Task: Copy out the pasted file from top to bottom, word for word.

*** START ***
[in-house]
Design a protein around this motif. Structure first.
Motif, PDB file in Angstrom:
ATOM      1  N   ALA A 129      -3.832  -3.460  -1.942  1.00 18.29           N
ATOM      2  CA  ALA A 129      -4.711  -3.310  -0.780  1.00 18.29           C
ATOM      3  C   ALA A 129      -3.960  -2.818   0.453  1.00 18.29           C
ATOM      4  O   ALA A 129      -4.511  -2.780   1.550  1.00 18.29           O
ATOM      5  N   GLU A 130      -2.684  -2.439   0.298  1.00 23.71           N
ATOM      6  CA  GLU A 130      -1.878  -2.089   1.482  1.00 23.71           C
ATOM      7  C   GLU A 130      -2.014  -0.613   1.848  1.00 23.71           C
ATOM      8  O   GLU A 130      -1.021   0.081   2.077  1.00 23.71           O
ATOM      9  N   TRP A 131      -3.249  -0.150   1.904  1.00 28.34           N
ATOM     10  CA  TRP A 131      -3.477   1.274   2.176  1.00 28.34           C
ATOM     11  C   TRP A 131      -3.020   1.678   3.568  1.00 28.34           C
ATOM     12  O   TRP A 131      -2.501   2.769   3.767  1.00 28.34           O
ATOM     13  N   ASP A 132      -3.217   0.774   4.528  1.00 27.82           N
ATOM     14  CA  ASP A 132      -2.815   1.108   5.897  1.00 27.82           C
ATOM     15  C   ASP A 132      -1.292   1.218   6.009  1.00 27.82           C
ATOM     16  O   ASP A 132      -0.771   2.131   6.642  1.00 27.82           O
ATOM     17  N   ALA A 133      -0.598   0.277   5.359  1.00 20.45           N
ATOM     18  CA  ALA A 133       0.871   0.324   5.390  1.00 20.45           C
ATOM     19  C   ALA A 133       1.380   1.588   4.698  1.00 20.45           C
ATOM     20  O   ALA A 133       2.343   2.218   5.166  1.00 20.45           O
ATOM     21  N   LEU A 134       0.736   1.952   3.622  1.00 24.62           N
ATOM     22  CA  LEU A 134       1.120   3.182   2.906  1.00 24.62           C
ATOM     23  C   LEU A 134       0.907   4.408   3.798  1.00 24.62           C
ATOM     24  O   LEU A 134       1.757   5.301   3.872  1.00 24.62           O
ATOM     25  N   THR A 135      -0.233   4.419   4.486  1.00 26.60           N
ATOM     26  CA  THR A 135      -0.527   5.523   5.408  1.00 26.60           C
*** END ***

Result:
[in-house]
Design a protein around this motif. Structure first.
Motif, PDB file in Angstrom:
ATOM      1  N   ALA A 129      -3.832  -3.460  -1.942  1.00 18.29           N
ATOM      2  CA  ALA A 129      -4.711  -3.310  -0.780  1.00 18.29           C
ATOM      3  C   ALA A 129      -3.960  -2.818   0.453  1.00 18.29           C
ATOM      4  O   ALA A 129      -4.511  -2.780   1.550  1.00 18.29           O
ATOM      5  N   GLU A 130      -2.684  -2.439   0.298  1.00 23.71           N
ATOM      6  CA  GLU A 130      -1.878  -2.089   1.482  1.00 23.71           C
ATOM      7  C   GLU A 130      -2.014  -0.613   1.848  1.00 23.71           C
ATOM      8  O   GLU A 130      -1.021   0.081   2.077  1.00 23.71           O
ATOM      9  N   TRP A 131      -3.249  -0.150   1.904  1.00 28.34           N
ATOM     10  CA  TRP A 131      -3.477   1.274   2.176  1.00 28.34           C
ATOM     11  C   TRP A 131      -3.020   1.678   3.568  1.00 28.34           C
ATOM     12  O   TRP A 131      -2.501   2.769   3.767  1.00 28.34           O
ATOM     13  N   ASP A 132      -3.217   0.774   4.528  1.00 27.82           N
ATOM     14  CA  ASP A 132      -2.815   1.108   5.897  1.00 27.82           C
ATOM     15  C   ASP A 132      -1.292   1.218   6.009  1.00 27.82           C
ATOM     16  O   ASP A 132      -0.771   2.131   6.642  1.00 27.82           O
ATOM     17  N   ALA A 133      -0.598   0.277   5.359  1.00 20.45           N
ATOM     18  CA  ALA A 133       0.871   0.324   5.390  1.00 20.45           C
ATOM     19  C   ALA A 133       1.380   1.588   4.698  1.00 20.45           C
ATOM     20  O   ALA A 133       2.343   2.218   5.166  1.00 20.45           O
ATOM     21  N   LEU A 134       0.736   1.952   3.622  1.00 24.62           N
ATOM     22  CA  LEU A 134       1.120   3.182   2.906  1.00 24.62           C
ATOM     23  C   LEU A 134       0.907   4.408   3.798  1.00 24.62           C
ATOM     24  O   LEU A 134       1.757   5.301   3.872  1.00 24.62           O
ATOM     25  N   THR A 135      -0.233   4.419   4.486  1.00 26.60           N
ATOM     26  CA  THR A 135      -0.527   5.523   5.408  1.00 26.60           C